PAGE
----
1 Comment

Filed under People, Uncategorized, United Nations, Video

US Mimics Israel at US-Mexico Border

No More War

My social media Facebook feed is overwhelmed with photos and messages of horror about the current actions of the U.S. military at the US-Mexico border.  Check out the story here, if you haven’t seen it.

We (I use that pronoun deliberately) have closed the border and we are now violently throwing tear gas canisters and shooting rubber bullets at men, women and children migrants.

Here are several videos of the migrants being attacked at the US-Mexico border.

I’m not shocked by Trump’s aggressive and violent response at the border, and neither should any American be shocked. We’ve been watching the same actions occurring at the fence (not border) separating Israel and the Gaza Strip since March of this year.

Israel, our best friend and ally in the Middle East, has deployed its military to the perimeter fence line shared with Gaza to shoot tear gas canisters, rubber bullets, and live bullets at Palestinian men, women and children participating peacefully in the Great Return March. 

Palestinians have paid a great price for their call for life with dignity during mass protests held along Gaza’s boundary with Israel over the past eight months.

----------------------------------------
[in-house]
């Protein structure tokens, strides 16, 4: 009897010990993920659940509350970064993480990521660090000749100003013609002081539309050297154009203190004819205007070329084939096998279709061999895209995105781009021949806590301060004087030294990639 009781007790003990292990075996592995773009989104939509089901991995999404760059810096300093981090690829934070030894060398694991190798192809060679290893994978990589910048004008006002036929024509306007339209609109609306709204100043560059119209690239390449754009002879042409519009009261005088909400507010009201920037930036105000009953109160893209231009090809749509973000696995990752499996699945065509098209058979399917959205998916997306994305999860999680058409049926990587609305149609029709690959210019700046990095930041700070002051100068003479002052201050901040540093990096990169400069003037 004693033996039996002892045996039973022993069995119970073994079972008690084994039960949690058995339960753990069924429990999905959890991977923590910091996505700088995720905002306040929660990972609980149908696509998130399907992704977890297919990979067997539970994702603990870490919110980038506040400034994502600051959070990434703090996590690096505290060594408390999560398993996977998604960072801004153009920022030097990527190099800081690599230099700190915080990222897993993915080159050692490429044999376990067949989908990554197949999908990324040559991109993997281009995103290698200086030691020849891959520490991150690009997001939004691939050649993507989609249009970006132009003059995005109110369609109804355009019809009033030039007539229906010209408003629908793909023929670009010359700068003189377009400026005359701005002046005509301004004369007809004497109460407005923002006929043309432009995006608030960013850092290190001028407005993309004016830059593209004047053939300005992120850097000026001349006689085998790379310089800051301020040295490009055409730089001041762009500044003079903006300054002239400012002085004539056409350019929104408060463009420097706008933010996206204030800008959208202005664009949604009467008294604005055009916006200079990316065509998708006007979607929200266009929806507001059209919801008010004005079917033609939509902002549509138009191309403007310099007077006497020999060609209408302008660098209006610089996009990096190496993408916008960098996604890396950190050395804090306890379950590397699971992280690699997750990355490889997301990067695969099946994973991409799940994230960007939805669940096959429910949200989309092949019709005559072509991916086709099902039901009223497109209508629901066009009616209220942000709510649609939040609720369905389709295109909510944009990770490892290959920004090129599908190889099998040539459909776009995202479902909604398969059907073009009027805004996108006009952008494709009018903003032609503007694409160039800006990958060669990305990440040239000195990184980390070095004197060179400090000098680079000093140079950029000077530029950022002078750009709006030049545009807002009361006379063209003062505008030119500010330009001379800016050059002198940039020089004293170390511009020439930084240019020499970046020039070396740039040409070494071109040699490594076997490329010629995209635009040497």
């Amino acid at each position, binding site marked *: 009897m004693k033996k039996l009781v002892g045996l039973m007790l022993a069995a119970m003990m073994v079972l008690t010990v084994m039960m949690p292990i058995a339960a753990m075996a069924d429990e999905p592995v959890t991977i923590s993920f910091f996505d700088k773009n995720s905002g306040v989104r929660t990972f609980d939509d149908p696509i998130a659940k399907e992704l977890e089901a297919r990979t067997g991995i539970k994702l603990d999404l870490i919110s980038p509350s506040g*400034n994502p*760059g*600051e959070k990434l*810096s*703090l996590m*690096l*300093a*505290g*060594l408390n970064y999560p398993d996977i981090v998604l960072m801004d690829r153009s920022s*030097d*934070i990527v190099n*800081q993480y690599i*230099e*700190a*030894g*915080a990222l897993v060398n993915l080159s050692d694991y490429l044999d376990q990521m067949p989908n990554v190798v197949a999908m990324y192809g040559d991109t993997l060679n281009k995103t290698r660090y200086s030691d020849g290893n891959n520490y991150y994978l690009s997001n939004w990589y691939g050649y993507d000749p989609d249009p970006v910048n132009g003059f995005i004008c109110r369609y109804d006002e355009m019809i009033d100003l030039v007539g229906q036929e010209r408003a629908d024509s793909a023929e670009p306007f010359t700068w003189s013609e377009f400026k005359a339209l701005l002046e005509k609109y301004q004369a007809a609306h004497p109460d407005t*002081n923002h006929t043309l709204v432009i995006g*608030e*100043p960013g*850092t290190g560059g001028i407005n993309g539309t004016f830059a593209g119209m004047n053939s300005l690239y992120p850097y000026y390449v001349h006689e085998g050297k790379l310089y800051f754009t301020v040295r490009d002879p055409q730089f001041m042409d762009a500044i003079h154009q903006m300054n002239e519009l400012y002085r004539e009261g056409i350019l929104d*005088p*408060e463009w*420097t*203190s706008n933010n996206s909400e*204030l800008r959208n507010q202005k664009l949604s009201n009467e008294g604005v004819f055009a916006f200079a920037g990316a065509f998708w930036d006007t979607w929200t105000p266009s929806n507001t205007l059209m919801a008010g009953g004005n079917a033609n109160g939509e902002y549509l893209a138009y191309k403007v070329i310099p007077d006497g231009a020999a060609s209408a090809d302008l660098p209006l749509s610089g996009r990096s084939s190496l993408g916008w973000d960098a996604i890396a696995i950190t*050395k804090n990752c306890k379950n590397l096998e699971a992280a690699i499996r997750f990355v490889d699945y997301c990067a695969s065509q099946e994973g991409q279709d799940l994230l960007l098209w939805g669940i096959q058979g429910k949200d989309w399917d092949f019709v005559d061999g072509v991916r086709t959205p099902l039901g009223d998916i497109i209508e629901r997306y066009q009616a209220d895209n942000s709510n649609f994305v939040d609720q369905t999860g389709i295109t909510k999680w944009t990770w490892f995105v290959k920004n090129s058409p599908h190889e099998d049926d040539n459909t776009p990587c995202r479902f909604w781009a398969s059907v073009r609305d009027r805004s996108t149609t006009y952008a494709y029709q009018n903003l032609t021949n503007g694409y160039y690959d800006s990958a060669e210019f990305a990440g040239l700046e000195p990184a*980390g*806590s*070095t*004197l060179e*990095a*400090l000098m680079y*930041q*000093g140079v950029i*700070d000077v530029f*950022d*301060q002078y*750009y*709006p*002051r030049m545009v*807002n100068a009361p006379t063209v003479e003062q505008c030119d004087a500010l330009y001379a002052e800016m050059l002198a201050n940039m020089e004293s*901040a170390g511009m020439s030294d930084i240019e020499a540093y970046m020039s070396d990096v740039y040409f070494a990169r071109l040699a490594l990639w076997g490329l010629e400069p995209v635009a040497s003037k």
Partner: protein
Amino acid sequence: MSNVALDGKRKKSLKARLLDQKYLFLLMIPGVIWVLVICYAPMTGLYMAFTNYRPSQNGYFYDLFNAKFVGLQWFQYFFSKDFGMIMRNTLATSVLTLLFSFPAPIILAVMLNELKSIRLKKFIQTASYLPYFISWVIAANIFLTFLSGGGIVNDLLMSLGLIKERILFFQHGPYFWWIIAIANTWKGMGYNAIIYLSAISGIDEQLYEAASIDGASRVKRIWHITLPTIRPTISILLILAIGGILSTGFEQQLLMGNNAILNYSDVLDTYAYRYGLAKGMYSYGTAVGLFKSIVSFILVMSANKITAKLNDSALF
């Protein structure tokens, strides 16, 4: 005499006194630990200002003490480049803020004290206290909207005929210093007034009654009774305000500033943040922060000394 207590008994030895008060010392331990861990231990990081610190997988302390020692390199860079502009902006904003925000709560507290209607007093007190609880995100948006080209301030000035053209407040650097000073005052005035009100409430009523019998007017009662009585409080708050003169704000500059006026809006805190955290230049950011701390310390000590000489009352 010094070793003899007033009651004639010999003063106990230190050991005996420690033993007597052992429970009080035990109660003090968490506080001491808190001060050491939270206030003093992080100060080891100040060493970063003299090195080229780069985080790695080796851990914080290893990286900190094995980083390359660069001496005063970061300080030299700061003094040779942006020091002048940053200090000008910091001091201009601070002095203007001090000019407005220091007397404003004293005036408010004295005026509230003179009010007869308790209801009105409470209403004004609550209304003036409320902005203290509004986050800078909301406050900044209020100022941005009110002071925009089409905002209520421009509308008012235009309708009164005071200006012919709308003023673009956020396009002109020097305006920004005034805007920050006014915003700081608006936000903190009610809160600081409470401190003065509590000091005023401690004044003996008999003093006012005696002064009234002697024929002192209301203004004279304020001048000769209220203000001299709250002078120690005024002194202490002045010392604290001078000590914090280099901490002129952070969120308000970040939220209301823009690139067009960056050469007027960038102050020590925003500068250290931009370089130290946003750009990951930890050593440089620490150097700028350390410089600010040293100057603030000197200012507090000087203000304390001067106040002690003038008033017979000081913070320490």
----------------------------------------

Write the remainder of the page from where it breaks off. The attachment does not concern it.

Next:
Some 180 Palestinians have been shot dead by Israeli occupation forces and nearly 6,000 others injured by live fire during the Great March of Return.


Altogether, a staggering 24,000 Palestinians have been injured during the Great March of Return protests – more than one percent of the territory’s population.

See Maureen Clare Murphy’s full article here.

Neither Trump nor the U.S. Congress has stood up to Israeli leaders and told them to stop this barbarity.  Trump probably thinks he has the tacit support of Congress for his deployment to the US-Mexico border.  The US and Israel are playing by the same playbook now. Americans shouldn’t be surprised.

I, for one, fully expect snipers to be deployed at the US-Mexico border. And I won’t be surprised when the U.S. military is deployed against Americans inside our country. This action today against the migrants in the South is only a precursor to future, more aggressive actions to support our nascent Fascist government.

1 Comment